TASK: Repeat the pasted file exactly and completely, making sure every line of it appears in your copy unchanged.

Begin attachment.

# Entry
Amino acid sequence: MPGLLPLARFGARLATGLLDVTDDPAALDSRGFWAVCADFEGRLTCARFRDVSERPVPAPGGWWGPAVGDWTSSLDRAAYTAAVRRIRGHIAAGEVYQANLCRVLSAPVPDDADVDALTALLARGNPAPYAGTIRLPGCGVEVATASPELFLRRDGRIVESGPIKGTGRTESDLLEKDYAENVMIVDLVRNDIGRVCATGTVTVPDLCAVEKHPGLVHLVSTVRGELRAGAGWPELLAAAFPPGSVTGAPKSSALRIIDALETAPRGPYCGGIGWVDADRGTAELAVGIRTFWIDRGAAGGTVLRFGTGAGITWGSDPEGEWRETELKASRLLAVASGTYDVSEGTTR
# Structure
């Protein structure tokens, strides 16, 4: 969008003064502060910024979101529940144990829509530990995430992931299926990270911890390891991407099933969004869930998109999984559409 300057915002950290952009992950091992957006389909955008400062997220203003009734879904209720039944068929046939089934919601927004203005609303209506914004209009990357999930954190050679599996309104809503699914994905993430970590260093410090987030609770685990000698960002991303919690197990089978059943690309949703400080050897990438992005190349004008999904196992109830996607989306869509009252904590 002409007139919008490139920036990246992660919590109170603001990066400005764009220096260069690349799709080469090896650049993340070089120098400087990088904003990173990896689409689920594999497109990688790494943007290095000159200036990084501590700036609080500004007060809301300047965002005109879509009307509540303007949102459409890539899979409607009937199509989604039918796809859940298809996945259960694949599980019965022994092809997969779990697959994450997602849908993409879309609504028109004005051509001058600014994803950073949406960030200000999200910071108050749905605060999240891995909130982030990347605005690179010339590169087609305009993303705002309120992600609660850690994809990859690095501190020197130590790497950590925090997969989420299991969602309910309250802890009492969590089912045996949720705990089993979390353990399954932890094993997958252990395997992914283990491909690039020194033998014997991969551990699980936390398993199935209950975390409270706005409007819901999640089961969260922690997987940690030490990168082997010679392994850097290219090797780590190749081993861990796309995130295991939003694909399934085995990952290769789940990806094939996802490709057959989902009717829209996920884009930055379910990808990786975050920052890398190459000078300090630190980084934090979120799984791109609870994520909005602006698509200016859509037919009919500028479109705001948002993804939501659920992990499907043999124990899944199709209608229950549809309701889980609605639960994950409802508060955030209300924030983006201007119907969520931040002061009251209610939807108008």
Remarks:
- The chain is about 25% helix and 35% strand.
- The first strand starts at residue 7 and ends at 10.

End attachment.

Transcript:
# Entry
Amino acid sequence: MPGLLPLARFGARLATGLLDVTDDPAALDSRGFWAVCADFEGRLTCARFRDVSERPVPAPGGWWGPAVGDWTSSLDRAAYTAAVRRIRGHIAAGEVYQANLCRVLSAPVPDDADVDALTALLARGNPAPYAGTIRLPGCGVEVATASPELFLRRDGRIVESGPIKGTGRTESDLLEKDYAENVMIVDLVRNDIGRVCATGTVTVPDLCAVEKHPGLVHLVSTVRGELRAGAGWPELLAAAFPPGSVTGAPKSSALRIIDALETAPRGPYCGGIGWVDADRGTAELAVGIRTFWIDRGAAGGTVLRFGTGAGITWGSDPEGEWRETELKASRLLAVASGTYDVSEGTTR
# Structure
């Protein structure tokens, strides 16, 4: 969008003064502060910024979101529940144990829509530990995430992931299926990270911890390891991407099933969004869930998109999984559409 300057915002950290952009992950091992957006389909955008400062997220203003009734879904209720039944068929046939089934919601927004203005609303209506914004209009990357999930954190050679599996309104809503699914994905993430970590260093410090987030609770685990000698960002991303919690197990089978059943690309949703400080050897990438992005190349004008999904196992109830996607989306869509009252904590 002409007139919008490139920036990246992660919590109170603001990066400005764009220096260069690349799709080469090896650049993340070089120098400087990088904003990173990896689409689920594999497109990688790494943007290095000159200036990084501590700036609080500004007060809301300047965002005109879509009307509540303007949102459409890539899979409607009937199509989604039918796809859940298809996945259960694949599980019965022994092809997969779990697959994450997602849908993409879309609504028109004005051509001058600014994803950073949406960030200000999200910071108050749905605060999240891995909130982030990347605005690179010339590169087609305009993303705002309120992600609660850690994809990859690095501190020197130590790497950590925090997969989420299991969602309910309250802890009492969590089912045996949720705990089993979390353990399954932890094993997958252990395997992914283990491909690039020194033998014997991969551990699980936390398993199935209950975390409270706005409007819901999640089961969260922690997987940690030490990168082997010679392994850097290219090797780590190749081993861990796309995130295991939003694909399934085995990952290769789940990806094939996802490709057959989902009717829209996920884009930055379910990808990786975050920052890398190459000078300090630190980084934090979120799984791109609870994520909005602006698509200016859509037919009919500028479109705001948002993804939501659920992990499907043999124990899944199709209608229950549809309701889980609605639960994950409802508060955030209300924030983006201007119907969520931040002061009251209610939807108008």
Remarks:
- The chain is about 25% helix and 35% strand.
- The first strand starts at residue 7 and ends at 10.